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Moral Disorder is a 2006 short story collection written by Margaret Atwood, but with the title pinched from her husband Graeme Gibson, after he decided to give up writing as a profession and let her have the title he was working on at the time. In a way, calling it a short story collection doesn't really do it justice- somehow this makes it sound a bit mundane, which it's anything but.
I have to be straight with you from the start here- while this is a clever, intellectual piece of writing, I personally didn't actually enjoy it, mainly because the last two books I read by Atwood were of the exact same vein i.e. a first person female narrator reflects on elements of her own life and laments the onset of old age. This is understandable, given that Atwood was herself 66 at the time of writing the book, but it does make for tedious reading when you've already read what is essentially the same material tweaked here and there several times already. If I were to take this further, I could even go so far as to say that it's about time she went the way of her husband and retired from writing herself. However, this might be a bit unfair, since Oryx and Crake, written three years after Moral Disorder, was an excellent book.
So, what can I tell you about the plot? Well, like I said, all 11 stories are interlinked, in that they all focus on the life of a woman named Nell, with the exception of the last one, which is autobiographical. Interestingly enough, I didn't realise this last story was any different until I read an online review, as the entire thing seems autobiographical to me.
Nell, whose name we don't discover until roughly halfway through the book, talks about various stages of her life, beginning with the birth of her baby sister, and how she laboriously knitted a set of clothing for her before she was born, only to then be given too much responsibility for her upbringing, while her mother is too ill with an underactive thyroid to be of much use.
This sister appears again later, once when they are on their way to visit their now elderly mother, who is blind, and the sister enigmatically calls every driver who frustrates her 'Fred,' and again when she comes to live on Nell and her husband's farm and is diagnosed with schizophrenia. Other recurring characters include the mother and Tig, Nell's husband. The first short story is quietly observant of the way their marriage functions, and the habits the two have which the other has to learn to respect as they grow old together.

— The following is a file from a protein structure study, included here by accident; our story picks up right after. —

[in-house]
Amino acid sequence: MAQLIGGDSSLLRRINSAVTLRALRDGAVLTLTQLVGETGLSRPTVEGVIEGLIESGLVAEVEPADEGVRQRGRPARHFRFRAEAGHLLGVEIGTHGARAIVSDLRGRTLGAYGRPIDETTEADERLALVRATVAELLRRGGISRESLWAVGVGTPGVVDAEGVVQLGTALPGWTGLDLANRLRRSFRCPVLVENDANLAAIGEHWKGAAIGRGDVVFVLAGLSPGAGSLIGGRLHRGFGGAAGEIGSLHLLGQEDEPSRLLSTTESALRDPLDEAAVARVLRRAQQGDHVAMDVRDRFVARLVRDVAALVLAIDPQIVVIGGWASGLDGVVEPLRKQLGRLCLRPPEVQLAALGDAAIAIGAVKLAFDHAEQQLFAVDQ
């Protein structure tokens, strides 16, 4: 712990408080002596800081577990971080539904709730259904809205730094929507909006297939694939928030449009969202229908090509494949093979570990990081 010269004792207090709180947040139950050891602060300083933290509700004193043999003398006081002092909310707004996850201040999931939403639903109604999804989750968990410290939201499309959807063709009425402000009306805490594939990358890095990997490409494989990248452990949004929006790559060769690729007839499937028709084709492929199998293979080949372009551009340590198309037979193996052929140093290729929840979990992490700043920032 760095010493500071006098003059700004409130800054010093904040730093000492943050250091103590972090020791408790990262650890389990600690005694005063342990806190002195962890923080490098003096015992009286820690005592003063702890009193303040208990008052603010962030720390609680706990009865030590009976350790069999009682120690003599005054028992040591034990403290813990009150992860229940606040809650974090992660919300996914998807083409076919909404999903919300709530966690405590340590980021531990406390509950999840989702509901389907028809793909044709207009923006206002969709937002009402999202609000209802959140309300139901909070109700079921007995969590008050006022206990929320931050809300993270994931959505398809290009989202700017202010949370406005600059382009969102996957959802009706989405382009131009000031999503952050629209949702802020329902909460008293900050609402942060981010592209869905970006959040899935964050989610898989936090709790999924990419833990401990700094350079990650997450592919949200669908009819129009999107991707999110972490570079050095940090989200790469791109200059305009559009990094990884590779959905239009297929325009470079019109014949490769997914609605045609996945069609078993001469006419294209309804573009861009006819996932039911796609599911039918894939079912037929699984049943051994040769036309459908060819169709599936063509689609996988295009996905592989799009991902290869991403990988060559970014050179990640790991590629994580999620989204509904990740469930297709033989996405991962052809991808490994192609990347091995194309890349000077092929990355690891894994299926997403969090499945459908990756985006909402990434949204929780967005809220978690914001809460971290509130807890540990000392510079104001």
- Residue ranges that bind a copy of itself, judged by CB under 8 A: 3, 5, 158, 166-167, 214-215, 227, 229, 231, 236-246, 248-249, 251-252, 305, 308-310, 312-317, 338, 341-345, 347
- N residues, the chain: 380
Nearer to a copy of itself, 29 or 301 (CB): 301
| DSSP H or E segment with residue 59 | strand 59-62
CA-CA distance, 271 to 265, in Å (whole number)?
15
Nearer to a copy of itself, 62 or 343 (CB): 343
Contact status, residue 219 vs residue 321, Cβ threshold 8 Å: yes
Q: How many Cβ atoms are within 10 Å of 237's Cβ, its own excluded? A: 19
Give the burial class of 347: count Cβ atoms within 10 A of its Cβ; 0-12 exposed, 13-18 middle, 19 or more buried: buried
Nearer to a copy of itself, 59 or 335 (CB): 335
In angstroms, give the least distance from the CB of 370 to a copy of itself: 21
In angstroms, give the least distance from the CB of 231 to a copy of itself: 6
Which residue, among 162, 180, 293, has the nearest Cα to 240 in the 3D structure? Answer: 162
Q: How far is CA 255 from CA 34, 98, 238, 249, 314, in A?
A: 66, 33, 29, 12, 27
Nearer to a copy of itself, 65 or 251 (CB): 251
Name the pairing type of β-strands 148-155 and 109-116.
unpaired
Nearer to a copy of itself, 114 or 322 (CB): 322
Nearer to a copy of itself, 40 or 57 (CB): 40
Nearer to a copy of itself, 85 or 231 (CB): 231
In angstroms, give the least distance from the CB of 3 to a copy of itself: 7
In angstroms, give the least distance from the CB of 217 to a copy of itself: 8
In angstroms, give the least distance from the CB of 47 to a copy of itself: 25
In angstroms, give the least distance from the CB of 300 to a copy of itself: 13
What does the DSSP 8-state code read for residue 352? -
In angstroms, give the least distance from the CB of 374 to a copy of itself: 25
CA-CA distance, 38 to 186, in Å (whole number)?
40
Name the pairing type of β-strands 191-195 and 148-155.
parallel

Every story is set in Toronto, which is where Atwood herself is based. However, it's not just this that makes me think the story is yet another autobiographical tale, in the style of The Blind Assassin and Cat's Eye (which are also apparently not autobiographical, but resemble each other too closely not to be, in my view). Nell's mother is described as being in the exact same condition as Atwood's own mother in the last story; the character of the sister is basically identical to that of the sister in The Blind Assassin, and the protagonist herself seems to be identical to that of other two books I've mentioned, except that different periods of her life are described each time. When Atwood herself was asked if this was autobiographical, however, she replied: 'There has to be some blood in the cookie to make the Gingerbread Person come alive.'
The reason I'm so focused on this aspect of the book is that Atwood doesn't come across as particularly adventurous or effective when it comes to characterisation, since the same basic figures are used consistently and repetitively by her. Her talent lies instead in making cleverly sharp and frequently accurate observations which we can all relate to.
I wonder whether this repetition would actually affect your enjoyment of Moral Disorder if it were the first thing you'd read by her. I suspect it wouldn't have too much effect. Nevertheless, I somehow find Atwood's writing to be generally quite dry and lacking in any kind of engaging content. It's hard to put my finger on exactly what the missing ingredient is in her writing- probably plot. When she writes these wishy-washy life analysis stories it's almost like reading a piece of very dull non-fiction.
What sets Oryx and Crake apart from anything else I've read by her is the engaging plot, and this is something that is distinctly lacking in Moral Disorder. The overall effect of several related but essentially independent short stories is one of wooden disconnectedness, helped along by her objective style of writing. It lives up to its title, in that the whole thing is disordered, but while Atwood might have intended this, I think it weakens the overall structure and prevents the reader from getting involved. So, sorry folks, but I'm not going to recommend this. Definitely give Oryx and Crake a read though.